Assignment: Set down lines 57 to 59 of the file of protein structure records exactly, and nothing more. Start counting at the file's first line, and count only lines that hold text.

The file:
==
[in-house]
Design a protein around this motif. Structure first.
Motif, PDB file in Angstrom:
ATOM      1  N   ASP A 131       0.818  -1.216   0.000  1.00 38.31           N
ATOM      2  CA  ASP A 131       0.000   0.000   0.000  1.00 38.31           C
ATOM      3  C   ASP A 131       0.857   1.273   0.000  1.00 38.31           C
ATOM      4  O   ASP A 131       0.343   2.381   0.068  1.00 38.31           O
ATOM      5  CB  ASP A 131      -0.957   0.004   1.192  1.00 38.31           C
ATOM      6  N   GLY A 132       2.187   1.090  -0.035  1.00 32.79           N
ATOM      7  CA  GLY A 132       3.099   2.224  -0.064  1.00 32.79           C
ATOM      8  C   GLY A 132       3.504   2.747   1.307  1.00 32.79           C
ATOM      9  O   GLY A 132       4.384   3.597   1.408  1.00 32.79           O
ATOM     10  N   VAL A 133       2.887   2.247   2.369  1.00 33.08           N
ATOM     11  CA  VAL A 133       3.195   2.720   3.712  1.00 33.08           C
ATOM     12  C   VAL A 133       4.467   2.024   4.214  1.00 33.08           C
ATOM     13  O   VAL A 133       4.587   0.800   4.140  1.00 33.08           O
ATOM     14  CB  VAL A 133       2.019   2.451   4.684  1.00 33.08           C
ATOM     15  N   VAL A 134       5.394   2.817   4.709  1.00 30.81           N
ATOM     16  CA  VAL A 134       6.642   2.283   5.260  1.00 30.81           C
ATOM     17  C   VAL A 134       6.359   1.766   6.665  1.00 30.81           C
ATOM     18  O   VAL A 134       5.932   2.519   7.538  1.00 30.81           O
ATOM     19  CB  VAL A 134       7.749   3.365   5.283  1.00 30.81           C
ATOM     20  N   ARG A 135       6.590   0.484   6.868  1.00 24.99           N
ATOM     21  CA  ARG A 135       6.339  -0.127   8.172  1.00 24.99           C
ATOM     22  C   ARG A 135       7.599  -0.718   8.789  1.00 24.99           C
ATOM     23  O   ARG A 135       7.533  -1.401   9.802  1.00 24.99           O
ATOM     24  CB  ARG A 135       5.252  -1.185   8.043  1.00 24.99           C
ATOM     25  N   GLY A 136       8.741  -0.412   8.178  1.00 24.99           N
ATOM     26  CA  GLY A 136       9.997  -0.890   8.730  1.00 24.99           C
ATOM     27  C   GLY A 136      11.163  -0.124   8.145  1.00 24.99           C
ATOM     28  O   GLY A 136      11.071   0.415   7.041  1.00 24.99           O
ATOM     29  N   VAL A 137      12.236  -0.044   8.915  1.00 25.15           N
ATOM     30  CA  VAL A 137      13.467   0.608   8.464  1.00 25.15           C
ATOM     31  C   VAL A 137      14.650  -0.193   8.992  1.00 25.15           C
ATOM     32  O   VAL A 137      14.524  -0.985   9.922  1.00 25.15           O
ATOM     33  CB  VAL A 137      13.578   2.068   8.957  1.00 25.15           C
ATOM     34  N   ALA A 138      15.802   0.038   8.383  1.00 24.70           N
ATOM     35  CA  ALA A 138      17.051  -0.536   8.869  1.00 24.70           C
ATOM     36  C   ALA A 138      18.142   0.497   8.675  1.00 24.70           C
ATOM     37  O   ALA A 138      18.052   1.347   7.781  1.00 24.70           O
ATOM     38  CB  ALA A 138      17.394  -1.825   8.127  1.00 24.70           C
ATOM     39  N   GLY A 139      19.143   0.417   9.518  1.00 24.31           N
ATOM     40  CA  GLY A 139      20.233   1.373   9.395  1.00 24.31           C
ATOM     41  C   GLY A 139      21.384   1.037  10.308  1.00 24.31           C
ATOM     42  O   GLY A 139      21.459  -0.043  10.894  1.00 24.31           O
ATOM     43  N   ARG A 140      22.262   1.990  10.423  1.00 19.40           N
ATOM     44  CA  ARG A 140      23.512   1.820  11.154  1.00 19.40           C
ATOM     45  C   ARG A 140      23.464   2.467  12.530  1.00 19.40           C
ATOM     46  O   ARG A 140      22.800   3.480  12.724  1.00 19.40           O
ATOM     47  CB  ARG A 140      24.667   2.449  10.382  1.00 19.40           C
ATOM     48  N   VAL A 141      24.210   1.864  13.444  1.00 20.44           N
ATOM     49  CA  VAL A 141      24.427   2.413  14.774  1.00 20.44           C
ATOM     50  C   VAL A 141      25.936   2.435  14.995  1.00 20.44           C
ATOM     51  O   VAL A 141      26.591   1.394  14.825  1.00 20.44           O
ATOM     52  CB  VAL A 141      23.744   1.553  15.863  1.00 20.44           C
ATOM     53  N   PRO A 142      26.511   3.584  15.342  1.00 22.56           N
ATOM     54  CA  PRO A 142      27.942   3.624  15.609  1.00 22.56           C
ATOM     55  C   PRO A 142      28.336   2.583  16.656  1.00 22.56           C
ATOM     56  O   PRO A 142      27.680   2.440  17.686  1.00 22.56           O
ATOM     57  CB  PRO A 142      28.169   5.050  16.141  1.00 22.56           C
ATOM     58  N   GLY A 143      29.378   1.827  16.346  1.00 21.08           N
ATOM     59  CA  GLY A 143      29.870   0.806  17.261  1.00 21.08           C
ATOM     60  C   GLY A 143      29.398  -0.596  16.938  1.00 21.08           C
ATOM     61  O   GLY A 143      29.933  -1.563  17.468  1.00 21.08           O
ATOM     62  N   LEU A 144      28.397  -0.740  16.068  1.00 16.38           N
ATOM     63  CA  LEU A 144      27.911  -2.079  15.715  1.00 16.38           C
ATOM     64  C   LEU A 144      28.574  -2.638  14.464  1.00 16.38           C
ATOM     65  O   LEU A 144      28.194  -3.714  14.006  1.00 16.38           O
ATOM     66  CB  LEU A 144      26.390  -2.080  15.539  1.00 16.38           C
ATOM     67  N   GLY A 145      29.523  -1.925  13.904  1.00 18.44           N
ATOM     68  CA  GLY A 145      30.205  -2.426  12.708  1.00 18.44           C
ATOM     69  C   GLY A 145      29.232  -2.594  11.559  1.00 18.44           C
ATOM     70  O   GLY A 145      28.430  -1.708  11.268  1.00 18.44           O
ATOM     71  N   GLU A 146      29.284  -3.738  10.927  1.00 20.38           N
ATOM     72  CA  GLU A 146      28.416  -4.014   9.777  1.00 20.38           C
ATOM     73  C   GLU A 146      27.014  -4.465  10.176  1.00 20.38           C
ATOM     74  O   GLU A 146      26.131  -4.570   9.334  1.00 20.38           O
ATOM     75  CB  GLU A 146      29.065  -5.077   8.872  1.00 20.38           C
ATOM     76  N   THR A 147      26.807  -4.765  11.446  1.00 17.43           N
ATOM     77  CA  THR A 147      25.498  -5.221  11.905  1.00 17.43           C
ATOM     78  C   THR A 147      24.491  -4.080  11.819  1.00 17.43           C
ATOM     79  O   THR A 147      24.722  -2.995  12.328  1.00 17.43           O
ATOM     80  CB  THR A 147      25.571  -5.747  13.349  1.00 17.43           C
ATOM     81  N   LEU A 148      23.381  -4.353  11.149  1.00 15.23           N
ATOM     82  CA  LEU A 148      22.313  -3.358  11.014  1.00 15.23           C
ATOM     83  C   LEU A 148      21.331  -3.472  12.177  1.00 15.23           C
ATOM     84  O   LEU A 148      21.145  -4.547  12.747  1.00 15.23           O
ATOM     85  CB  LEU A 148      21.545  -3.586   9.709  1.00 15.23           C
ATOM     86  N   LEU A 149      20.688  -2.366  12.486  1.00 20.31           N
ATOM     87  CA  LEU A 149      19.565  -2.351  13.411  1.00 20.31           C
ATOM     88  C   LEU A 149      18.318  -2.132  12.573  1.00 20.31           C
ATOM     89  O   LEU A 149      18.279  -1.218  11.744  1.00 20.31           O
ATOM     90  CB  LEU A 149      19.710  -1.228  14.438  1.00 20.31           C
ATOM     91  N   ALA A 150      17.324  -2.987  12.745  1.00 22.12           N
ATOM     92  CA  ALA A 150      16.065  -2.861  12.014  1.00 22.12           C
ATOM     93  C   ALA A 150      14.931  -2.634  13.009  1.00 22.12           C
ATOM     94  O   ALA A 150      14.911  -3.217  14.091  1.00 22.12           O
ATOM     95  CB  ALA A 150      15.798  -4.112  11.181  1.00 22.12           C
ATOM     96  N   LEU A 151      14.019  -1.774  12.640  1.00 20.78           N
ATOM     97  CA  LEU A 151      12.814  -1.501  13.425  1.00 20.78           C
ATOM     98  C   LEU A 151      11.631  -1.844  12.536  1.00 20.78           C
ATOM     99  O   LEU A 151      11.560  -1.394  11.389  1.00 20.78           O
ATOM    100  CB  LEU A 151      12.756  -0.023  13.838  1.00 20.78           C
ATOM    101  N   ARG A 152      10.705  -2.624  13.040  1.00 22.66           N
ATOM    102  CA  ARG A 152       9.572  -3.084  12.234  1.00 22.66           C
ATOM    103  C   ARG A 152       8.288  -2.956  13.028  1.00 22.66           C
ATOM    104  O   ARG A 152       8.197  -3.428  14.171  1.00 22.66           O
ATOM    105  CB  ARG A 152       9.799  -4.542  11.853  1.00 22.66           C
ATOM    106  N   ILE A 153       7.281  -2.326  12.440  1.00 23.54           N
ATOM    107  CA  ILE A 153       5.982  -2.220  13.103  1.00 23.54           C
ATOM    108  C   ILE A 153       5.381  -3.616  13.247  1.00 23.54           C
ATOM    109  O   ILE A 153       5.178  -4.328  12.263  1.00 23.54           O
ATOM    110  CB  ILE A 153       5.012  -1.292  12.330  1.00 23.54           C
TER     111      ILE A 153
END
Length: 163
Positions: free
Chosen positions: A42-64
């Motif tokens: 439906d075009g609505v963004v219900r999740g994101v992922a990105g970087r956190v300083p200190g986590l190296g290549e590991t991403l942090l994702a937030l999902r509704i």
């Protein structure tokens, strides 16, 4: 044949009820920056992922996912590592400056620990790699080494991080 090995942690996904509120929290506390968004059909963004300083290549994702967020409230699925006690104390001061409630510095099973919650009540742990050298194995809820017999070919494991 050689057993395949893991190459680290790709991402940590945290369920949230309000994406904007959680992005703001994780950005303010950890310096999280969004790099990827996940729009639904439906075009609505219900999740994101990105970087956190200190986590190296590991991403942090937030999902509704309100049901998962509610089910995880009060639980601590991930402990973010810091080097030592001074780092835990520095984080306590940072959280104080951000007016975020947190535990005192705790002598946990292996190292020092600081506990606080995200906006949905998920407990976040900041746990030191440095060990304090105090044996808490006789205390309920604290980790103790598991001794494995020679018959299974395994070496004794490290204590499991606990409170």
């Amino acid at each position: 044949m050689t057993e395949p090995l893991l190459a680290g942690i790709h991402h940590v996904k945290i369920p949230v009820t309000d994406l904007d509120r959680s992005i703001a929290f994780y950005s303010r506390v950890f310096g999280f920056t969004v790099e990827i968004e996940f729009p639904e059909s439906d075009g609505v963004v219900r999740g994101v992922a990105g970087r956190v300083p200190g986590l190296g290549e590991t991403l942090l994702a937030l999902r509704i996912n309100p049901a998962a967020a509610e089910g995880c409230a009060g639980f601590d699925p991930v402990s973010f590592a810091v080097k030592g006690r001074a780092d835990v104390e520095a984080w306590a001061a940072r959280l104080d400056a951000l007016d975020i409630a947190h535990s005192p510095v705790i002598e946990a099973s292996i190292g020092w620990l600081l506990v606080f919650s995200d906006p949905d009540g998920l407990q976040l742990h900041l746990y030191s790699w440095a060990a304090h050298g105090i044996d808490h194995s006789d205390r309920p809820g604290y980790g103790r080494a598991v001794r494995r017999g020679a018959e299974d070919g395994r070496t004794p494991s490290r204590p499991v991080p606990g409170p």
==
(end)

ATOM     54  CA  PRO A 142      27.942   3.624  15.609  1.00 22.56           C
ATOM     55  C   PRO A 142      28.336   2.583  16.656  1.00 22.56           C
ATOM     56  O   PRO A 142      27.680   2.440  17.686  1.00 22.56           O